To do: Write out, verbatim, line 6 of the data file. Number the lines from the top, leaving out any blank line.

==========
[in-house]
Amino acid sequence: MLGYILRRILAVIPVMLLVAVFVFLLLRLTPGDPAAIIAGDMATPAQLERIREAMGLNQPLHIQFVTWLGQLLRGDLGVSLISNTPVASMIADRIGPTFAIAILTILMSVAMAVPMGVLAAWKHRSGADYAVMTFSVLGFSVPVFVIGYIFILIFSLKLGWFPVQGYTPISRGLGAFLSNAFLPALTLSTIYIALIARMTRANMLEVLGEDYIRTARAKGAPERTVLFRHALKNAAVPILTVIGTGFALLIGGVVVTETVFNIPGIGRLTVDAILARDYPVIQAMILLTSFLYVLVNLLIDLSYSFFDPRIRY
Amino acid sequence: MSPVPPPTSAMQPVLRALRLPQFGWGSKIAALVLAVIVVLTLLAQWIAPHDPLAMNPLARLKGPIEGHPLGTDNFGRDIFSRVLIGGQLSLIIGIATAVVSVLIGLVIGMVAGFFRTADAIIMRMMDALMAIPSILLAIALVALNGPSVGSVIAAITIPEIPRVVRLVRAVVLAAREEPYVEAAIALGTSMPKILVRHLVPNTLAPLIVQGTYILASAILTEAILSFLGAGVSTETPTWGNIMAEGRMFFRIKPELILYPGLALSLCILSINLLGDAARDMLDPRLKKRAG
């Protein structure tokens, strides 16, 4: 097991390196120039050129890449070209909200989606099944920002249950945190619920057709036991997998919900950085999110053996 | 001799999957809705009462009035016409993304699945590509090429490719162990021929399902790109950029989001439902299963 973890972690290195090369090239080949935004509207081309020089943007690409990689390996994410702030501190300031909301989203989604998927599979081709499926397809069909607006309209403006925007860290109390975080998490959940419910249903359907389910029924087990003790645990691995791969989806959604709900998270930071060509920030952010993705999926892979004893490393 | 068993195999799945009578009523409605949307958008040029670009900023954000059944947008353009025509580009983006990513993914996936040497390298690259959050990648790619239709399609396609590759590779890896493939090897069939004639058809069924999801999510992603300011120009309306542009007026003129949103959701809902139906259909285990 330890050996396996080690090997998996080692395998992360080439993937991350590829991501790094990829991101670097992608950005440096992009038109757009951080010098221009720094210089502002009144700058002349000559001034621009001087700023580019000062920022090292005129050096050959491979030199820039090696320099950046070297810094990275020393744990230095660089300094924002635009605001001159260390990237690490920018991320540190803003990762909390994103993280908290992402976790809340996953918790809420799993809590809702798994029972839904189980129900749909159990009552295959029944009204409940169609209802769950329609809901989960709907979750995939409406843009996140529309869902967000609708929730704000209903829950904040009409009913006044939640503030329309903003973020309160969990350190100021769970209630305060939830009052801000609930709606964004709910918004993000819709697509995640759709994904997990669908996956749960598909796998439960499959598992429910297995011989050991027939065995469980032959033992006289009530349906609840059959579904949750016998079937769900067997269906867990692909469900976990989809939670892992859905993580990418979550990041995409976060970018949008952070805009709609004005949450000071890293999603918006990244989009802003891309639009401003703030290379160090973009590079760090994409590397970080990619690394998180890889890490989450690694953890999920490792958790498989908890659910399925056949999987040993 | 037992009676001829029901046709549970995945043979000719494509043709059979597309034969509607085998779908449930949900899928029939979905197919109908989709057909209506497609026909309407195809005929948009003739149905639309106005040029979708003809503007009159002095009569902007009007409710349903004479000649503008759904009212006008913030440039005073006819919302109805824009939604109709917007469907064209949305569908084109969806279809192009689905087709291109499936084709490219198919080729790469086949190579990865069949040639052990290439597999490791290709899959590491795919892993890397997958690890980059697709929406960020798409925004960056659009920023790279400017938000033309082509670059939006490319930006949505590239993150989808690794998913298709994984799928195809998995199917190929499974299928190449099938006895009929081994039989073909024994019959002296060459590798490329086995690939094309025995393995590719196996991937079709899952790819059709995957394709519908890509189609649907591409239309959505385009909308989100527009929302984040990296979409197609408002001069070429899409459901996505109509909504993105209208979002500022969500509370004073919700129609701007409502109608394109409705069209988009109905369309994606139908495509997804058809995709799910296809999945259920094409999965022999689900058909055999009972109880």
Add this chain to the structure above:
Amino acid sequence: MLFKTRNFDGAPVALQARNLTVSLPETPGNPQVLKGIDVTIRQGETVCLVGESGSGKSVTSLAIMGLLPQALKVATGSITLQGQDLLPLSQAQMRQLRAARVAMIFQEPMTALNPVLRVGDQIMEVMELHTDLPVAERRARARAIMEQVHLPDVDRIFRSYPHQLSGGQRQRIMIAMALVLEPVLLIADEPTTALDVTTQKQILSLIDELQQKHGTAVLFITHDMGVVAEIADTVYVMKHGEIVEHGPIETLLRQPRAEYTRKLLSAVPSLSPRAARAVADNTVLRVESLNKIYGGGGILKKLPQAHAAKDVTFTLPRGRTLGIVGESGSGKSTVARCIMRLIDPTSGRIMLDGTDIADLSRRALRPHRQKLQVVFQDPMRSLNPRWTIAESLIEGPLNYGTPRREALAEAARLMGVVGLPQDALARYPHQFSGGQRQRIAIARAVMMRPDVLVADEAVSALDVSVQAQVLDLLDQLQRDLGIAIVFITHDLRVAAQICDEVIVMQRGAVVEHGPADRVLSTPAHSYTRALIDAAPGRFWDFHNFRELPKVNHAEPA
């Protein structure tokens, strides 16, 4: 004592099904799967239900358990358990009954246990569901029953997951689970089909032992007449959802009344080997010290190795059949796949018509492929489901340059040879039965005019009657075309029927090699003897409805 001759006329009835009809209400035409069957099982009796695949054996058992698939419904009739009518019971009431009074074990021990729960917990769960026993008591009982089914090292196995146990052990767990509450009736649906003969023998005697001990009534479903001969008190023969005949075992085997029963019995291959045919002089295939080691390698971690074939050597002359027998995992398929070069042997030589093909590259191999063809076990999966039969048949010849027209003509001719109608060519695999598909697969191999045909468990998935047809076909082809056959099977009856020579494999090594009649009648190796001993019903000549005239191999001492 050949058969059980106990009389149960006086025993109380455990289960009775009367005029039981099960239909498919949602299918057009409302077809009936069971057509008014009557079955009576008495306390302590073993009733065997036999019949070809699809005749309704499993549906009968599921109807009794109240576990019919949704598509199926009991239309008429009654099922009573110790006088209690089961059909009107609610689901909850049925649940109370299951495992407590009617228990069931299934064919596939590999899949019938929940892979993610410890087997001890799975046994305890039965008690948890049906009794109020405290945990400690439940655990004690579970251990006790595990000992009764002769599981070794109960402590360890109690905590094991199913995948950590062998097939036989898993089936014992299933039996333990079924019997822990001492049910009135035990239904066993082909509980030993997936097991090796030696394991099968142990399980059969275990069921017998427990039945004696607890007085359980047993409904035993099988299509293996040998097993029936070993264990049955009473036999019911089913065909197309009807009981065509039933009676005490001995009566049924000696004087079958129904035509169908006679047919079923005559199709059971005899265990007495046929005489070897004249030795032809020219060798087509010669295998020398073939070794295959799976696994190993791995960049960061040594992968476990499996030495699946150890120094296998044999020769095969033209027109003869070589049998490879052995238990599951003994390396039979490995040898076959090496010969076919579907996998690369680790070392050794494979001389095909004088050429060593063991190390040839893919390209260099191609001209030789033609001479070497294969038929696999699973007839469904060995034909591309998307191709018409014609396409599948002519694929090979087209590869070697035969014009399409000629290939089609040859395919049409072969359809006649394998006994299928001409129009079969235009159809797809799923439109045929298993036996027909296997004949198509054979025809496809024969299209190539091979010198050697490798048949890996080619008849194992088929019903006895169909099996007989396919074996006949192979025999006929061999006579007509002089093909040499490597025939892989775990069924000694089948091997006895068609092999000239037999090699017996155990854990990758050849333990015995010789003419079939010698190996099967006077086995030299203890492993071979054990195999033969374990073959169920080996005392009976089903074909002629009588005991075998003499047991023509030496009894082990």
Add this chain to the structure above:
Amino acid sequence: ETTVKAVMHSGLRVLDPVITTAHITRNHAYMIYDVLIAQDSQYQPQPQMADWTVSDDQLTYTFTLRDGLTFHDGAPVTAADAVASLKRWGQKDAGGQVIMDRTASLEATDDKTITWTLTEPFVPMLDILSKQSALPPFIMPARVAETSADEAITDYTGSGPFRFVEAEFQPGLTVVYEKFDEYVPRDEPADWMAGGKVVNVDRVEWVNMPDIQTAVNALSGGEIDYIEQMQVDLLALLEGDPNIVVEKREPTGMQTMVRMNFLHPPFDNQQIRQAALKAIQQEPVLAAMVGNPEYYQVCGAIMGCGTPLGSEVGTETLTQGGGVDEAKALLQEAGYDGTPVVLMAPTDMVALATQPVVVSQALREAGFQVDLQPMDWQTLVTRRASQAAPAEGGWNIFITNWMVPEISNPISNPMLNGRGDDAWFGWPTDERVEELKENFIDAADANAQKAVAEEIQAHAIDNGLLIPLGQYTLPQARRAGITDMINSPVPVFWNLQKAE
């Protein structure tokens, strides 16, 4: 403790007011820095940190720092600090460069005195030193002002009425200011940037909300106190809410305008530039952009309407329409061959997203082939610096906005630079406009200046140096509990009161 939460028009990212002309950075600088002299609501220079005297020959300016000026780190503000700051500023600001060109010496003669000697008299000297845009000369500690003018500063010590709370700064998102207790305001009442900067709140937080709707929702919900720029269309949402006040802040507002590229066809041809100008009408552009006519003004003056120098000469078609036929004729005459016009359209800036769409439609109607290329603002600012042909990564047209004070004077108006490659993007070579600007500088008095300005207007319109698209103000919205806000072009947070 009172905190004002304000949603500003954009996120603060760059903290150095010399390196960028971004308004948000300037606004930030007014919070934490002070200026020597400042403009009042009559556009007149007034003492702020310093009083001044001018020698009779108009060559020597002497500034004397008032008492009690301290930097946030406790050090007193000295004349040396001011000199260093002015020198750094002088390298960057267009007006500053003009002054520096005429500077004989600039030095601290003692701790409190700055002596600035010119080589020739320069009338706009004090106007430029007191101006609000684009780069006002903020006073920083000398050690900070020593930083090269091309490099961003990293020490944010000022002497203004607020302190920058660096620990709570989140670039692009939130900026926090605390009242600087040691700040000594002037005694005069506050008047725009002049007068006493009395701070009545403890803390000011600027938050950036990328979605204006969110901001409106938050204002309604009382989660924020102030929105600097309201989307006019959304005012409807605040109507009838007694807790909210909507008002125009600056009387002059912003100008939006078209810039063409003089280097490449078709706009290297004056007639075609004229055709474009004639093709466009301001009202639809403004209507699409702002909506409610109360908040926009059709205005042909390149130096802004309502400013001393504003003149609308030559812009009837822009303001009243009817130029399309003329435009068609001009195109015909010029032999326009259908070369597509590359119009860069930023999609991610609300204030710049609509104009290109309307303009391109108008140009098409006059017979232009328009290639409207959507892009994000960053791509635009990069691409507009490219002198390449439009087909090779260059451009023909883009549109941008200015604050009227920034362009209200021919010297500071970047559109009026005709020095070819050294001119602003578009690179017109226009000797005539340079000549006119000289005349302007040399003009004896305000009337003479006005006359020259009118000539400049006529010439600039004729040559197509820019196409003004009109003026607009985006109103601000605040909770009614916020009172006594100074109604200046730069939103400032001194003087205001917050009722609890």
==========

Amino acid sequence: MLFKTRNFDGAPVALQARNLTVSLPETPGNPQVLKGIDVTIRQGETVCLVGESGSGKSVTSLAIMGLLPQALKVATGSITLQGQDLLPLSQAQMRQLRAARVAMIFQEPMTALNPVLRVGDQIMEVMELHTDLPVAERRARARAIMEQVHLPDVDRIFRSYPHQLSGGQRQRIMIAMALVLEPVLLIADEPTTALDVTTQKQILSLIDELQQKHGTAVLFITHDMGVVAEIADTVYVMKHGEIVEHGPIETLLRQPRAEYTRKLLSAVPSLSPRAARAVADNTVLRVESLNKIYGGGGILKKLPQAHAAKDVTFTLPRGRTLGIVGESGSGKSTVARCIMRLIDPTSGRIMLDGTDIADLSRRALRPHRQKLQVVFQDPMRSLNPRWTIAESLIEGPLNYGTPRREALAEAARLMGVVGLPQDALARYPHQFSGGQRQRIAIARAVMMRPDVLVADEAVSALDVSVQAQVLDLLDQLQRDLGIAIVFITHDLRVAAQICDEVIVMQRGAVVEHGPADRVLSTPAHSYTRALIDAAPGRFWDFHNFRELPKVNHAEPA